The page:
Please call the restaurant (410-798-8700) to make reservations and Mention Robert Burns Society!
What else happened on that day? (like we needed a reason to eat…)
September 23, 704: St Adamnan died. St Adamnan was the successor to Columba as the Abbot of Iona and, in about 690, he wrote ‘Life of Columba’ which described in detail the life of his predecessor, many of them crediting Columba with performing miracles. As such Adamnan helped to establish the cult of Columba.
Although he is primarily remembered as Columba’s biographer, he seems to have had a large impact on the spread of Christianity, particularly in the Pictish lands of the North East. He also drew up the ‘Law of Innocents’ which attempted to protect women, children and those in Holy Orders from war. Iona Abbey Admanan managed to get this agreement signed by the Irish Kings as well as those of the Dalriada and Picts. In his time, he was probably as important as Columba, but by so effectively establishing the historical reputation and cult of Columba, his contribution is now somewhat overlooked.
September 23, 1678: The Earl of Mar was commissioned to raise a regiment nicknamed “Earl of Mar’s Gray Breeks” which later became the Royal Scots Fusiliers.
September 23, 1779: The Battle of Flamborough Head takes place off Yorkshire between ships of the American Continental Navy commanded by John Paul Jones and Royal Navy ships protecting a merchant convoy.
September 23, 1880: John Boyd Orr, Nobel Peace prize winner in 1949, was born in Kilmaurs, Ayrshire. Orr studied at Glasgow University before being appointed as director of a nutritional research unit near Aberdeen.
However, when the war broke out Boyd Orr joined the army, where he won the MC and the DSC before joining the Royal Navy. He was an advisor to the government on nutrition during the Second World War, and in 1945 he was appointed Director-General of the Food and Agriculture Organisation of the United Nations. He argued for an international food policy based on need rather than trade but failed to persuade the FAO to set up an international body to supervise food production. Orr was knighted in 1932, granted a baronety in 1949 and awarded the Nobel Peace Prize in 1961- only the second awarded to a Scot.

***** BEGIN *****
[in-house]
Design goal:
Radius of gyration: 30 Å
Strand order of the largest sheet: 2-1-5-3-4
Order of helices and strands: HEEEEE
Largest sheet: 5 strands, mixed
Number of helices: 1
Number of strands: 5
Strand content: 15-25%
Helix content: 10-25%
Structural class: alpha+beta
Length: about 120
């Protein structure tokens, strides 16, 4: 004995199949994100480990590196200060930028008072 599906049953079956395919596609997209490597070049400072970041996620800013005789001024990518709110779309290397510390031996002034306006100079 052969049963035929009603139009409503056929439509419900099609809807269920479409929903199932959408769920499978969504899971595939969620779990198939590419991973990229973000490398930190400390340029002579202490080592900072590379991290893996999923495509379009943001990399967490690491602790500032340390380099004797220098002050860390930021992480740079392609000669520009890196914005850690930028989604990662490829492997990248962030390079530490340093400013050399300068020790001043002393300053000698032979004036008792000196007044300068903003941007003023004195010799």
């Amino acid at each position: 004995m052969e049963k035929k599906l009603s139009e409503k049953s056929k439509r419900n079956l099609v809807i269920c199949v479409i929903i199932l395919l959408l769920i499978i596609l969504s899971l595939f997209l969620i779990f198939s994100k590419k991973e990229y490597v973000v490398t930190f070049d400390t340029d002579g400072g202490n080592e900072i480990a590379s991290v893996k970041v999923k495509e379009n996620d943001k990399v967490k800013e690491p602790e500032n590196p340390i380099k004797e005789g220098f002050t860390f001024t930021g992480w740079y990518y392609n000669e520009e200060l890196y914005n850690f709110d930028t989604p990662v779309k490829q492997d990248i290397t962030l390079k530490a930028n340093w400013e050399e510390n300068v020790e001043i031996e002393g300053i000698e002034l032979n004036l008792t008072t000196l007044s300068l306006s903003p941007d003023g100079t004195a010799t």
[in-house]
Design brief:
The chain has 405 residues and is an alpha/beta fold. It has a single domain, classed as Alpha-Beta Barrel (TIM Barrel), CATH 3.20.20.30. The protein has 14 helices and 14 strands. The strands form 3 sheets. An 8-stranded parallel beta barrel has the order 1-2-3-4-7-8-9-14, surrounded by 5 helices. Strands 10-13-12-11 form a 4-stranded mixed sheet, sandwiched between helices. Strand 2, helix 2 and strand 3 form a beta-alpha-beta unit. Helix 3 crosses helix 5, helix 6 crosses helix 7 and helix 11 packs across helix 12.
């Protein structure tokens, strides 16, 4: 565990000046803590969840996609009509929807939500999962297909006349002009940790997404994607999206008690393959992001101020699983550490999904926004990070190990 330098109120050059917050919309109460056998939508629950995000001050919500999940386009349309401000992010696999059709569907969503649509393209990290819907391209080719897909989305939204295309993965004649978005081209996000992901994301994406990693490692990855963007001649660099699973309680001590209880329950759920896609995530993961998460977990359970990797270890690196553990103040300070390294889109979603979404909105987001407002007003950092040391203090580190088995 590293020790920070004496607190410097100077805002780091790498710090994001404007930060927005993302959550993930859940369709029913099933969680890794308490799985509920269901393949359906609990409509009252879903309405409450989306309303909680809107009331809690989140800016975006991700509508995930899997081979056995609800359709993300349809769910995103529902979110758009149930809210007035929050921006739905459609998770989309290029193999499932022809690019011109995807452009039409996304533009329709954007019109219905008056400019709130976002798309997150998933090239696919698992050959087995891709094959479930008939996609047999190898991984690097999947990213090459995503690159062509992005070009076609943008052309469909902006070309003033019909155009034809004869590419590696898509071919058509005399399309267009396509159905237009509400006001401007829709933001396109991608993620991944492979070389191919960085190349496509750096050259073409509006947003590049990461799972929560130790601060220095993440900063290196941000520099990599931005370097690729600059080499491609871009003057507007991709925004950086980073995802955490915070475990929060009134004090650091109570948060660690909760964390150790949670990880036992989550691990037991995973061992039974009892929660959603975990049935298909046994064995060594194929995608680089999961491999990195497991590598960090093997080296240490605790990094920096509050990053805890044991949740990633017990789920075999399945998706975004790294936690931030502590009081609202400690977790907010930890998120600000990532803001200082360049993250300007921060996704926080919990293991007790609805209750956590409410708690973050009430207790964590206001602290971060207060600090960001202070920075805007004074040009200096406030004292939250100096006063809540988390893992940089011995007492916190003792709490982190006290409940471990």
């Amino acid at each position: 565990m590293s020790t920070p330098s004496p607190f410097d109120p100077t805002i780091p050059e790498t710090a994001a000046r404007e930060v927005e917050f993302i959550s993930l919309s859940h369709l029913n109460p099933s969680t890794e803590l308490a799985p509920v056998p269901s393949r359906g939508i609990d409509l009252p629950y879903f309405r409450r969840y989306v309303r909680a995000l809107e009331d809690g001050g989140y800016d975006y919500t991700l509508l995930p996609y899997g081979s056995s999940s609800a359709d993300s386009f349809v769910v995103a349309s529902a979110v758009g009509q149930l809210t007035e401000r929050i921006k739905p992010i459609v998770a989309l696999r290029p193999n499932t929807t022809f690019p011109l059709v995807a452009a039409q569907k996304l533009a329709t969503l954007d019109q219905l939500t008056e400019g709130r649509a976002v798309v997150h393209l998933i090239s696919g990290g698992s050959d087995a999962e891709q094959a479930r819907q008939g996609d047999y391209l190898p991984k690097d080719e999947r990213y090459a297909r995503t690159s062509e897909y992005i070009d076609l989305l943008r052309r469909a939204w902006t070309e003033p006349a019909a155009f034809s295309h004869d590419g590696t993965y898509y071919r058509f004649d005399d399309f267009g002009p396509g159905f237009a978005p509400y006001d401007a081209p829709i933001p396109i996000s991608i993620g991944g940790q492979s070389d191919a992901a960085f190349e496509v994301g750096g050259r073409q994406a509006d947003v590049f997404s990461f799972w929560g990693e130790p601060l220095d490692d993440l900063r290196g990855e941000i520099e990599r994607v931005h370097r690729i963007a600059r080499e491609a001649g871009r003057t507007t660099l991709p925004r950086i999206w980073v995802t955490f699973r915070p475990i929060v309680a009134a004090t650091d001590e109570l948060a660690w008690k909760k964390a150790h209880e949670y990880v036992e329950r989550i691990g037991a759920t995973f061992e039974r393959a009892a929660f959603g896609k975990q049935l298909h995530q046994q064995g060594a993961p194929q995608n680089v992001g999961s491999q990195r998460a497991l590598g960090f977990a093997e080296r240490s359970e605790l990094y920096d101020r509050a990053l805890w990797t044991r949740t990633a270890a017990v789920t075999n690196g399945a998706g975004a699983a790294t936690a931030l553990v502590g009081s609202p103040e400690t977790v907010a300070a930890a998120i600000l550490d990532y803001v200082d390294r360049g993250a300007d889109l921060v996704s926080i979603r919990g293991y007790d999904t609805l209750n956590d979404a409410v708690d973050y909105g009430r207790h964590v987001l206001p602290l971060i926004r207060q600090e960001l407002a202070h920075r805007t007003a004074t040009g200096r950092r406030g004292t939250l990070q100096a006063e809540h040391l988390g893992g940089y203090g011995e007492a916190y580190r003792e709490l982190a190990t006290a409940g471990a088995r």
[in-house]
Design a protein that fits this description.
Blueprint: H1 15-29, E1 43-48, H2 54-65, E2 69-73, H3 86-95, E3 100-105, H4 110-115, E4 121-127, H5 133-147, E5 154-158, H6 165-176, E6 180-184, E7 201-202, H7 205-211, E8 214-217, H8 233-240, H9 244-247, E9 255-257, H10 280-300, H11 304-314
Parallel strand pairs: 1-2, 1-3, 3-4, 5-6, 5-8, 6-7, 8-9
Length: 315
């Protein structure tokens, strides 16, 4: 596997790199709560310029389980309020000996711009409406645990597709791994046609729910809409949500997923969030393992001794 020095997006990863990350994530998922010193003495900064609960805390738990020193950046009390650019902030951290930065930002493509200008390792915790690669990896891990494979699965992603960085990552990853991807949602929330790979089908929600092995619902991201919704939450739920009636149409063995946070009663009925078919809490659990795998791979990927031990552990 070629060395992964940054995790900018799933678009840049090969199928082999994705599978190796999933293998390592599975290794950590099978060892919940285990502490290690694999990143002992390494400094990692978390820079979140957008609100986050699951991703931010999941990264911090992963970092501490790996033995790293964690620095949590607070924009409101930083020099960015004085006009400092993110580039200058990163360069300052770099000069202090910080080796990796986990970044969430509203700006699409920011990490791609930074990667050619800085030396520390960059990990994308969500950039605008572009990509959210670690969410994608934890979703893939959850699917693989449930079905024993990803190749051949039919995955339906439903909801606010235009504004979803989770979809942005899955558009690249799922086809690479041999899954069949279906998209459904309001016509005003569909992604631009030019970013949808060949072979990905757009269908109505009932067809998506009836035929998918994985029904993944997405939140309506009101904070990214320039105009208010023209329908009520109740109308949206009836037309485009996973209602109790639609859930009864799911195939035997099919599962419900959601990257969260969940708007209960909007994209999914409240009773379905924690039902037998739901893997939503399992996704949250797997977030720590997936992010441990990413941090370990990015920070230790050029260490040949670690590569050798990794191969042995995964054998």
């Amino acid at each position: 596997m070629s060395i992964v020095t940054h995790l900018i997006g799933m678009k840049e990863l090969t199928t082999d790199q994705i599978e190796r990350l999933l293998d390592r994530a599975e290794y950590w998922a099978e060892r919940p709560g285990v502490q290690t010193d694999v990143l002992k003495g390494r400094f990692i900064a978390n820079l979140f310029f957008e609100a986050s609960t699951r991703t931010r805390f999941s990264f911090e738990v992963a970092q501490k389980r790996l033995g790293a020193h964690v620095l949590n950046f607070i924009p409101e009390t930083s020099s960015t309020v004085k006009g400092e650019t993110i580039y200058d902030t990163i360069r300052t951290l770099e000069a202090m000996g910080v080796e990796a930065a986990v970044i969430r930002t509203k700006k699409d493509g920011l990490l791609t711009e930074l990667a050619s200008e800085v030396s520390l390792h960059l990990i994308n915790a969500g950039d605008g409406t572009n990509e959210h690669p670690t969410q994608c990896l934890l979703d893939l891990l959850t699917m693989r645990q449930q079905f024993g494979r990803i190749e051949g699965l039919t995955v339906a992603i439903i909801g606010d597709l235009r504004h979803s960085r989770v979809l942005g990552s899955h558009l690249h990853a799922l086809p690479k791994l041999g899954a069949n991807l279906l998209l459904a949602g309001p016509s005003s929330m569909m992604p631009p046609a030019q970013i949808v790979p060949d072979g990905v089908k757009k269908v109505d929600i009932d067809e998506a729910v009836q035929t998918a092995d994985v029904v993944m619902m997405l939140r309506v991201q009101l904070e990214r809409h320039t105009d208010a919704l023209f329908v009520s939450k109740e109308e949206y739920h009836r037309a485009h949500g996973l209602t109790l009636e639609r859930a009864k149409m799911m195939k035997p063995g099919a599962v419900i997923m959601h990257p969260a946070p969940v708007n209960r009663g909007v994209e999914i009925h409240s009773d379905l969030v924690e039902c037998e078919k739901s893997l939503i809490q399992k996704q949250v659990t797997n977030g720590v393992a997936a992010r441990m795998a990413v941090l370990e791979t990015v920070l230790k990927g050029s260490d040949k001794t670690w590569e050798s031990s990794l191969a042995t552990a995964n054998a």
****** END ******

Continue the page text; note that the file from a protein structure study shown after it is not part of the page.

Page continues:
The Robert Burns Society of Annapolis will be hosting a Celtic House Concert on Saturday, June 29th, 2019. This event will be held at the home of Karolyn and George St Clair in Crofton and begins at 2:00pm. You can email Heather Ackroyd to get directions and details.
Musicians are with the Natterjacks Band and will perform music from English, Celtic, and maritime traditions. These experienced musicians have also played with others bands, including The Pyrates Royale and The O’Danny Girls. Music will be pleasing to the ear and band members will be playing on a variety of instruments: guitar, violin, hammered dulcimer, concertina, flute, and percussion. A chorus of lush vocal harmonies will make for a rich and innovative sound.
Bring your friends and family for an enjoyable and relaxing afternoon of fun music and socializing. Light refreshments will be included.
On Saturday, January 25, 2019, The Robert Burns Society of Annapolis will honor the life and legacy of Scotland’s most famous poet with its 40th annual “Burns Supper.” The event will take place at 6 pm at the Annapolis Elks Lodge No. 622, at
2 Pythian Drive, Edgewater, MD.
The evening will feature traditional Scottish cuisine, a silent auction, raffle, and entertainment including music and poetry that honors Burns’ legacy. In his short life (1759 – 1796), Burns wrote hundreds of poems, including the well-loved New Year’s favorite “Auld Lang Syne.”
The menu will include a choice of entree, green salad, twice-baked potatoes, vegetables, rolls and dessert. In true Scottish tradition, guests can also nosh on haggis and “neeps and tatties” (turnips and potatoes).
The cost is $49. for RBSA members and $59. for nonmembers. Dress is semi-formal. The wearing of kilts and tartan is encouraged, but not required.